A magnetometer measures the strength and direction of a magnetic field. Like a needle compass that can be used to measure the Earth’s magnetic field and determine directions on a map, magnometers can also be used as metal detectors to sense nearby magnetic metals. Microelectronic magnetometers rely on Faraday’s law of induction, in which changes to the magnetic field passing through a wire loop induce measurable electric currents within the loop. Alternatively, microelectronic magnetometers can use the Lorentz force, in which a magnetic field exerts a measurable force on electric charges moving through a wire.

Discussion questions:

1. What useful things could be done with smartphone sensor data?

Monitoring health: exercise, diet, sleep, infectious diseases and noninfectious diseases. Monitoring cognitive performance: sleepiness, intoxication and markers for depression. Monitoring geographic patterns of infection, traffic patterns, breaking news stories, weather events and recent crime events. Assisting people with disabilities, language translation, cooking recipes and science experiments.

2. Based on information in the article, “Smartphones overshare,” what disreputable things could be done with smartphone sensor data?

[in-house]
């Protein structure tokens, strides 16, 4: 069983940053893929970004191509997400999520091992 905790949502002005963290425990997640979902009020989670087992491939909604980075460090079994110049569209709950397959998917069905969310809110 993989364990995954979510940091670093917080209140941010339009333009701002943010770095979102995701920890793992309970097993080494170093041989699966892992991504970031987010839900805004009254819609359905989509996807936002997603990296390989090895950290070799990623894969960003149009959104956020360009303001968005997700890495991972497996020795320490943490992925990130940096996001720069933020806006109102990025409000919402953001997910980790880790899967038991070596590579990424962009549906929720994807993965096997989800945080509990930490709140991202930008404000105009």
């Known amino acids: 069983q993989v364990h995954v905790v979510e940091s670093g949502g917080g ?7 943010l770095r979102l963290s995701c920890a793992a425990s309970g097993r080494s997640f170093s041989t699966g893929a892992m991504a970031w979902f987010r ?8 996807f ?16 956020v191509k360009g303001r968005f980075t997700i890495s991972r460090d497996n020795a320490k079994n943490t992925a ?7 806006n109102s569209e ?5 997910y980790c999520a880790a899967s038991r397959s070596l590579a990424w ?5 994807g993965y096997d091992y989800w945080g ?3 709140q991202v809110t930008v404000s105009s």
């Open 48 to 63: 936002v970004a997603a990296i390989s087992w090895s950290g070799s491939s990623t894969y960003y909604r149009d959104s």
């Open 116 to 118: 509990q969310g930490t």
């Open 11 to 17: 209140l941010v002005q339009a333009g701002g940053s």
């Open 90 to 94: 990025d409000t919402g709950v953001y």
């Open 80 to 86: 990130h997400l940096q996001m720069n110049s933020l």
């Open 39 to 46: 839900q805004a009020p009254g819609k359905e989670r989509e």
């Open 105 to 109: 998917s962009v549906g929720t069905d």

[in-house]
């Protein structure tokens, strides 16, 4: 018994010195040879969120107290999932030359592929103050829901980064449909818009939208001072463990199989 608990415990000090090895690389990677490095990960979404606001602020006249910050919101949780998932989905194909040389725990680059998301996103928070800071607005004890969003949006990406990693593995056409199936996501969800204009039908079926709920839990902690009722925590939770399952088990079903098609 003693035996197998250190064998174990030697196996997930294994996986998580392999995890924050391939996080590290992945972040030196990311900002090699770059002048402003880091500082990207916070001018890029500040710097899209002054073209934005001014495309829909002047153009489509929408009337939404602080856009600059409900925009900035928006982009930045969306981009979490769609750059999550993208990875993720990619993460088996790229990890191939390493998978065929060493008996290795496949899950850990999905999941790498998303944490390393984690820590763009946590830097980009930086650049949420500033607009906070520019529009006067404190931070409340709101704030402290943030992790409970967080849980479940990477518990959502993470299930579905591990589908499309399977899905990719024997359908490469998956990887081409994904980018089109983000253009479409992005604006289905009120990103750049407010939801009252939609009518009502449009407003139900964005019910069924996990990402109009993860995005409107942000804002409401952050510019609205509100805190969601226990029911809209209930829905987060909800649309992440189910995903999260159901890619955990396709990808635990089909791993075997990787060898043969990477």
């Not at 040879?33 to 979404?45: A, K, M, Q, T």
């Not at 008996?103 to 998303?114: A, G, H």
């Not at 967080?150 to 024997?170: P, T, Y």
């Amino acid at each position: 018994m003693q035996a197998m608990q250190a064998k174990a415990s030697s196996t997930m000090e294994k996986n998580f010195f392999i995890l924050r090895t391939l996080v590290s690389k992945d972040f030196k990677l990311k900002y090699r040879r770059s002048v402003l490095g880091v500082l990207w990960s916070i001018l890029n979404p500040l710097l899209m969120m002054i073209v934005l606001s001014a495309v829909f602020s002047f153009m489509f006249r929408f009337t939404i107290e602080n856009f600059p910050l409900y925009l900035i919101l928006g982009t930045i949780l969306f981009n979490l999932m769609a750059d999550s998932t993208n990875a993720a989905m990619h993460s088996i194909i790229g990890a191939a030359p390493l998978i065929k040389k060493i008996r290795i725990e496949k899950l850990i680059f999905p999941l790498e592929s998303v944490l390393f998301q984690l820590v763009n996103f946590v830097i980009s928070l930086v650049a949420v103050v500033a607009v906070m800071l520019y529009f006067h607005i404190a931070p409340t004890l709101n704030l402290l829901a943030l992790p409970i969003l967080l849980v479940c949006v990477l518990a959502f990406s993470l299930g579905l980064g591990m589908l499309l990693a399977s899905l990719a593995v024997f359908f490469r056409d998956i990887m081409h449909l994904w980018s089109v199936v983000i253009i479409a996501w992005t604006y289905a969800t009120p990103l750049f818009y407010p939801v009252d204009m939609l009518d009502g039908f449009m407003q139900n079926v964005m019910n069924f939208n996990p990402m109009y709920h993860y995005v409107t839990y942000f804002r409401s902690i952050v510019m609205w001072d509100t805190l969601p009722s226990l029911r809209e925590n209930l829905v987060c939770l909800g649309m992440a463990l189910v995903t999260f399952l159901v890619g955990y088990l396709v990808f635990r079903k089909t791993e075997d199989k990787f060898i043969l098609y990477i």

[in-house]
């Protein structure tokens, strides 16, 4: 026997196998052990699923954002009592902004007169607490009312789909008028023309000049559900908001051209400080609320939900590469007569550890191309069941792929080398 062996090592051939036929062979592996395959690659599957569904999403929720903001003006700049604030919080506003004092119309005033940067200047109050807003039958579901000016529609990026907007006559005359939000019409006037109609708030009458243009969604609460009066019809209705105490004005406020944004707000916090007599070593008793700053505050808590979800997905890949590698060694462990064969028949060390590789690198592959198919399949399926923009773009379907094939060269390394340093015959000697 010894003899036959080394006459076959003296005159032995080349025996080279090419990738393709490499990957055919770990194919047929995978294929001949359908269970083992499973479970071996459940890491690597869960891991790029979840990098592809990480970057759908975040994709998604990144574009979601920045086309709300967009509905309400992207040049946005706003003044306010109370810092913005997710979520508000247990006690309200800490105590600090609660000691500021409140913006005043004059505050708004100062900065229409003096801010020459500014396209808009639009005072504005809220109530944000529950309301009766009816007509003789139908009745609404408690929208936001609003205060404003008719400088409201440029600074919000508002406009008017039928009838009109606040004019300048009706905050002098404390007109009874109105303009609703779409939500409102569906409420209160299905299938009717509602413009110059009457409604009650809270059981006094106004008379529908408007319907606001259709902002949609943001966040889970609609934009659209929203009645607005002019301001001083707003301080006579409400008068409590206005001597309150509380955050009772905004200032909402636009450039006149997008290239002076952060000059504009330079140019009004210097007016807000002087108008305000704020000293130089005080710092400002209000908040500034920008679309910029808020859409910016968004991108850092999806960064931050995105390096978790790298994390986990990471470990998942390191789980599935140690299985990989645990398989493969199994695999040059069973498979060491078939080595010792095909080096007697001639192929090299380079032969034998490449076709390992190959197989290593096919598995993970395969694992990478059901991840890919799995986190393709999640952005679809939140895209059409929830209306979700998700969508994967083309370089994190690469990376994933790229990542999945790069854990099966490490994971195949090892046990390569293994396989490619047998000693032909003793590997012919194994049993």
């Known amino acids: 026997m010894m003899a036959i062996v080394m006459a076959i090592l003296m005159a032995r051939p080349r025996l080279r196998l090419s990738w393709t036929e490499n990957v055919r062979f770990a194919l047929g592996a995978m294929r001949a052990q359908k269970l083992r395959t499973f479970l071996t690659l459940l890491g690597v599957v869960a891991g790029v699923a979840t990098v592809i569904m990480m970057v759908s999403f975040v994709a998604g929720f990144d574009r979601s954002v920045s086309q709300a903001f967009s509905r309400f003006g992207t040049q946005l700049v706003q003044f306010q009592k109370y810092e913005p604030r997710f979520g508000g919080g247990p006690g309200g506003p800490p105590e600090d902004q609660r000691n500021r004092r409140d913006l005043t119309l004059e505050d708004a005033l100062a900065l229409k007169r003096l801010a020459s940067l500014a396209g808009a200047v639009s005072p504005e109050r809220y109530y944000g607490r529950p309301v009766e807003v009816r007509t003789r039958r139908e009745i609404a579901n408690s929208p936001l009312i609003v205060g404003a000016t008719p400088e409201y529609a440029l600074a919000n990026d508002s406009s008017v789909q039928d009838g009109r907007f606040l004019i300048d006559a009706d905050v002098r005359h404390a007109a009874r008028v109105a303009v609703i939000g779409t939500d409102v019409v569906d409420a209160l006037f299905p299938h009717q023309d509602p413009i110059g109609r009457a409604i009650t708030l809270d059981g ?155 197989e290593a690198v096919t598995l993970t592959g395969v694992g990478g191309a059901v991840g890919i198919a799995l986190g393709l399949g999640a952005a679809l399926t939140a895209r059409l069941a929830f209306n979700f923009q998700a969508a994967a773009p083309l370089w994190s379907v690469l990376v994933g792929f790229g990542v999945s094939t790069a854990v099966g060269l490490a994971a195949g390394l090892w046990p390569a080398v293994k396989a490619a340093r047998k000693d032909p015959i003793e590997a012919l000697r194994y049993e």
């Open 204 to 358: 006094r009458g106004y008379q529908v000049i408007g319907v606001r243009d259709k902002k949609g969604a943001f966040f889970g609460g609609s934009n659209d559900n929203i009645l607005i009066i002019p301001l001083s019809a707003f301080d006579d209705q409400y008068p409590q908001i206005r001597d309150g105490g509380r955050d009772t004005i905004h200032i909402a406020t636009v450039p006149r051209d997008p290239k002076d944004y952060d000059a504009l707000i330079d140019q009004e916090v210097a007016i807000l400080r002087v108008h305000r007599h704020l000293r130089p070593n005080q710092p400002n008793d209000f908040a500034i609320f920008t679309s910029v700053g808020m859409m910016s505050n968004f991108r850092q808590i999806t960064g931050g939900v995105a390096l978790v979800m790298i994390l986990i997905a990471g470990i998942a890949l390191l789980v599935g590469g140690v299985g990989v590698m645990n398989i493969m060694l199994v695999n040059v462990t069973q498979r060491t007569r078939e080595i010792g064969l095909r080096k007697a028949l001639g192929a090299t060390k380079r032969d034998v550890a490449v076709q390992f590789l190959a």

Stealing money, financial information, passwords, contact lists, identities and files. Secretly activating video, audio, or other sensors to monitor or track people. Blackmailing people to obtain money or cooperation in exchange for encrypted/deleted files, not releasing recorded or stolen data, etc.

3. How could downloading harmful apps on smartphones be prevented while still allowing useful apps? List potential possible prevention techniques and include a potential downside to every technique (put the downside in parenthesis).

Screening each app individually before allowing it in a central app store (time consuming). Comparing app behavior to an expected baseline and notifying the user of deviations (correctly establishing a reliable baseline). Specifically requesting user permission for every new thing every app does (potentially time consuming and performance limiting). Limiting which data and the quality of data that apps can access (also limits performance).

Extension prompts:

4. What data is the graph “Smartphone acceleration varies by mode of transport” displaying (include units in your description)? What is the user likely doing with his or her phone while the data is collected? Explain your answer based on the data shown.